In 1906, the tsarist battleship Potemkin lies off the port city of Odessa in the Black Sea after its return from Russia's disastrous defeat at the hands of Japan. The sailors, inflamed by intolerable and squalid conditions on board and led by the sailors Vakulinchuk and Matiushenko, rise up in mutiny against their callous officers. Once they dock to bury the murdered Vakulinchuk, the sailors’ outrage spreads to Odessa's citizens, who, themselves chafing under tsarist oppression and moved by the self-sacrifice of this sailor, join the mutineers in protest against their oppressors. The enraged citizens march through Odessa, and await the call to arms from the mutineers aboard the battleship. Odessa becomes a Revolutionary commune, citizens and sailors standing shoulder-to-shoulder. Without warning, tsarist troops attack the citizens on the steps of Odessa harbour, bloodily massacring men, women and children. The sailors briefly shell the city, but they decide to return to sea on the Potemkin to face the squadron of ships sent to suppress their mutiny. On receiving signals from the sailors aboard the Potemkin, however, the crews of these ships show their solidarity by allowing the battleship to pass through the squadron unimpeded.
This film was an integral part of a broad process of Revolutionary mythologization underway in Soviet Russia during the 1920s, having been commissioned for the twentieth anniversary of the 1905 revolution. Unlike Eisenstein's later October, which portrayed the successful dénouement of Russia’s revolutions in 1917, Battleship Potemkin was a paean to revolution defeated in 1905. Significantly, though, the film ends with the promise of revolution fulfilled, the sailors escaping a blockade of tsarist ships, thanks to the ‘revolutionary’ acquiescence of their fellow sailors. The narrative is not driven by the ‘impersonal forces’ of history, but rather by identifiable characters, each clearly responsible and conscious of their own actions (some identified by name by intertitles): the sailor Vakulinchuk, who stirs up the men’s anger over the maggot-infested meat; the ship’s doctor, Smirnov, who examines it and declares it fit for consumption; Giliarovskii, the officer, who enforces the declaration, eventually by the threat of a firing squad; the Orthodox priest, who calls on the condemned men to see reason, all the while brandishing his crucifix like a weapon.
Eisenstein’s story is about the inevitability of revolution by increments. The ship is a microcosm of the world order, its hierarchies mirrored. Sailors are engaged in the petty and meaningless indignities of life: cleaning the guns, polishing the ship’s fittings, washing the dishes. Officers seek merely to reinforce those indignities. Power begets violence: an officer’s rough awakening of a sleeping sailor becomes a senior officer’s physical manhandling of recalcitrant sailors and the captain’s threat of lethal violence before a firing squad. Violence begets resistance: Vakulinchuk and Matiushenko voice the sailors’ outrage; sailors refuse to eat the borscht; the members of the firing squad refuse to shoot on their comrades. Resistance begets yet more violence, best exemplified in the film’s two climactic scenes. The mutineers’ righteous vengeance visited upon the officers on board the Potemkin and the tsarist soldiers’ perfunctory – and far more bloody – slaughter of the citizens on the Odessa steps foreshadow the violence to come in the inevitable Revolution. The victory of the sailors over their masters and the defeat of the citizens by the soldiers are temporary respites in history's grand narrative. Revolution, Eisenstein says in this film, is immanent if not yet imminent.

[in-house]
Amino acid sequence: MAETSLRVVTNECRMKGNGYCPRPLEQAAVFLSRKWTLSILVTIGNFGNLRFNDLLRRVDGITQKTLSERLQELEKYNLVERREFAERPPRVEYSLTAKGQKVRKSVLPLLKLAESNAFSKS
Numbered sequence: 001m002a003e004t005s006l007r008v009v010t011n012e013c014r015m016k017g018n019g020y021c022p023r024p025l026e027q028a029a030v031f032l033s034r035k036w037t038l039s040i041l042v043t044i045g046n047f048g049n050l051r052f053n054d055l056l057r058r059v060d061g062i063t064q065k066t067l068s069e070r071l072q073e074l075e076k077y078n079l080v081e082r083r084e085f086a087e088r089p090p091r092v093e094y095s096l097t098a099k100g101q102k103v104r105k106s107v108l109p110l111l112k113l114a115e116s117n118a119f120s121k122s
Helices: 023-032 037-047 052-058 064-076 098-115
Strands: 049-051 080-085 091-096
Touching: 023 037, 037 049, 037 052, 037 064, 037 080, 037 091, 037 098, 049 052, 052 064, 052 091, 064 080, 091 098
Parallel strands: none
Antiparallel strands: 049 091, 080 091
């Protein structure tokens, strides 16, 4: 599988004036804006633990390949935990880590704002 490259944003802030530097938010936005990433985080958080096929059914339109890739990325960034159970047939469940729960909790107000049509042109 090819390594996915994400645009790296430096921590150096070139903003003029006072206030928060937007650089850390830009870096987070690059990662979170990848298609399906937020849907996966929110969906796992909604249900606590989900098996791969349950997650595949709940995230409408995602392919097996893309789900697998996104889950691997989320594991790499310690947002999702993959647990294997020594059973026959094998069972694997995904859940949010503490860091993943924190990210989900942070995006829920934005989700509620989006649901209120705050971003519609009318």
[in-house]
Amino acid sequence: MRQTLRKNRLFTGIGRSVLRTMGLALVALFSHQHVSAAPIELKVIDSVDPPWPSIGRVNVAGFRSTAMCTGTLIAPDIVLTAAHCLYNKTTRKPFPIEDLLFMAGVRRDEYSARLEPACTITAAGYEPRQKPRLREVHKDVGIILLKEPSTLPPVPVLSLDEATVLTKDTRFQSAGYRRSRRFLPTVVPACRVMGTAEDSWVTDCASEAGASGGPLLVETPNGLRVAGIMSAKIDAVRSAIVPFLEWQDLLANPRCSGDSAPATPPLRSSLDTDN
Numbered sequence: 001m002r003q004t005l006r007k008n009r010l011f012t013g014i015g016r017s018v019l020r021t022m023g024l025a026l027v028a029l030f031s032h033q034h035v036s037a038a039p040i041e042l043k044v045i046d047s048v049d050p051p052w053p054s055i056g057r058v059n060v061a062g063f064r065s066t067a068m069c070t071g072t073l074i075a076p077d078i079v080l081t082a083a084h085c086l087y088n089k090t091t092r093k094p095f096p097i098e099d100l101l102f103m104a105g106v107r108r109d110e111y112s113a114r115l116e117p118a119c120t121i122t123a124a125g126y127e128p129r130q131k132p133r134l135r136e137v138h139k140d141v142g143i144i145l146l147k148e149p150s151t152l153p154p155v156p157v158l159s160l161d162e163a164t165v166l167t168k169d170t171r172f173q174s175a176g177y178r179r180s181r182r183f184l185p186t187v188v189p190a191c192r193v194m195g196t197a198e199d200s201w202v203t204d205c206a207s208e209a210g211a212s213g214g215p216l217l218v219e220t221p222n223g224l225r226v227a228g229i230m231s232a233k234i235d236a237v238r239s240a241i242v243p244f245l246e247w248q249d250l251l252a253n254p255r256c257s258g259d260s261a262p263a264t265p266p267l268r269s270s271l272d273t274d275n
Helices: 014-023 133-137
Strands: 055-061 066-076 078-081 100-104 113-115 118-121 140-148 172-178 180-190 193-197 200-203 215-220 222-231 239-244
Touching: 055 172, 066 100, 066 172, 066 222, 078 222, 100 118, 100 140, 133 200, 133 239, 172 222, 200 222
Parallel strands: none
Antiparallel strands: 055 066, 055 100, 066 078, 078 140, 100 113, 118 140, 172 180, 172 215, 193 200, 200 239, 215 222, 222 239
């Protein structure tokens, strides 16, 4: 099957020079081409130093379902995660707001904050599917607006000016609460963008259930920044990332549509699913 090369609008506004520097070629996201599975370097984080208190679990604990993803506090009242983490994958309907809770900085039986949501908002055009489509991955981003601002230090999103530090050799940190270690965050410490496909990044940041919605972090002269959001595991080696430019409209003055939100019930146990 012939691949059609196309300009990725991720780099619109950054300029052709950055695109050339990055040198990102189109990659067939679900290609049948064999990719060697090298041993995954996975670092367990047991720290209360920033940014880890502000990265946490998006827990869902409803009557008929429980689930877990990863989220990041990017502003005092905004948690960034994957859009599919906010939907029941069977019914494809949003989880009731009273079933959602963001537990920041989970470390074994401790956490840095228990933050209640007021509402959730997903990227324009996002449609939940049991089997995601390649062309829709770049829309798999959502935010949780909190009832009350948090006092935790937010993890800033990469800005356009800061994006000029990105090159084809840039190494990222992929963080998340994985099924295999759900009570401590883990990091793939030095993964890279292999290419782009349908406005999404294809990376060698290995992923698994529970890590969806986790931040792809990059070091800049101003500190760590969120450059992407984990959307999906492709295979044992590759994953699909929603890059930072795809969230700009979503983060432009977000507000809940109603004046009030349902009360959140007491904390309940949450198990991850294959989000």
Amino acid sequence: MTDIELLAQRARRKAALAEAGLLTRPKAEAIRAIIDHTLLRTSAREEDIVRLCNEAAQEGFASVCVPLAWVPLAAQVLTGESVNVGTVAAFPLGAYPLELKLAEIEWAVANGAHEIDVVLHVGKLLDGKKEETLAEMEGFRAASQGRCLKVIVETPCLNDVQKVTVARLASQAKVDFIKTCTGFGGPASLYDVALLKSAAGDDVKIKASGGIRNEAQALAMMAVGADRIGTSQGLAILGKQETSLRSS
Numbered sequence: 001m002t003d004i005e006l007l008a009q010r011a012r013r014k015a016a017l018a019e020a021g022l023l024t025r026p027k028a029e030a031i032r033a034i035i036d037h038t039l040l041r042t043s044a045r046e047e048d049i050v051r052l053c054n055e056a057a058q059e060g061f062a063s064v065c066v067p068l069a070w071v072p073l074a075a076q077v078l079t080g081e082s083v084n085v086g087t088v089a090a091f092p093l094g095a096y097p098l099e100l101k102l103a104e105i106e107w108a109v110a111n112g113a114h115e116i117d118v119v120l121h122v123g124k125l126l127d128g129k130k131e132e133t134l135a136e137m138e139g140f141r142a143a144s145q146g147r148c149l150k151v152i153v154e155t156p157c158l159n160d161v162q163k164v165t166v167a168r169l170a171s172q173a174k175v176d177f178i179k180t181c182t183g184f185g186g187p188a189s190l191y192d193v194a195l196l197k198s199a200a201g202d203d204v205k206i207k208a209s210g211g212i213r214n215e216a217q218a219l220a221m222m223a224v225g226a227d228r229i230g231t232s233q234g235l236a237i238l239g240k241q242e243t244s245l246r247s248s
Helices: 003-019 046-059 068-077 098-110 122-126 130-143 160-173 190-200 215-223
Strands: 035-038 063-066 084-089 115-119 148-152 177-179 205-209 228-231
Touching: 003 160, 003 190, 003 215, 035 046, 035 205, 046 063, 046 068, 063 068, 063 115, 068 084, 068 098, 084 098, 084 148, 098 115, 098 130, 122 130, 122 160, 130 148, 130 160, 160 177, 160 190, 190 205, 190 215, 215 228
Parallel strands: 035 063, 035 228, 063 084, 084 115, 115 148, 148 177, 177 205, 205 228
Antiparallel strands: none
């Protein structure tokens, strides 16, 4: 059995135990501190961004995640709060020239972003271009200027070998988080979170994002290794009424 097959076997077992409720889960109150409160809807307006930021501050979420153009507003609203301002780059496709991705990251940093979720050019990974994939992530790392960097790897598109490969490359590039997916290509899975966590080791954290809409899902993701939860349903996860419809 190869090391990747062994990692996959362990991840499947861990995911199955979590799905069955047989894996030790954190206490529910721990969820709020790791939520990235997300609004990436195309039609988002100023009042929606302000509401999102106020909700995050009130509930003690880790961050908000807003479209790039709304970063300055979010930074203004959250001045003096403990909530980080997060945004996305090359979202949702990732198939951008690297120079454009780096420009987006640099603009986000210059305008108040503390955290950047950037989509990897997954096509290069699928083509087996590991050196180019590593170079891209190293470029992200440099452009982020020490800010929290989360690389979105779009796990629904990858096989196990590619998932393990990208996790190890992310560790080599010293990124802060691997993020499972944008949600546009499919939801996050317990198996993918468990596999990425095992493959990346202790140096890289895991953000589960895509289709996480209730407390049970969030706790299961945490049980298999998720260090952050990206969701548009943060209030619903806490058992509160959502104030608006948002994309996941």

Like many of Eisenstein’s films, key images linger, at least in the modern viewer’s memory: the tarpaulin covering the sailors who await execution by firing squad; the wide-eyed, wild-haired priest; phantom bodies hanging from the yardarms; and on the Odessa steps, the anguished mother bearing her dying child towards the advancing soldiers; a child’s wrist under a soldier’s boot; the bloodied eye of a screaming woman; the drawn-out descent of the baby-carriage and its baby. Whether these images struck the contemporary viewer in Russia at the time in a similar manner is debatable. Still, the film’s narrative is well paced and self-evident, it does not contain the ubiquitous and heavily aestheticized symbolism of Eisenstein’s later October, and it surely contains some of the most graphic violence ever exhibited on screen at that time.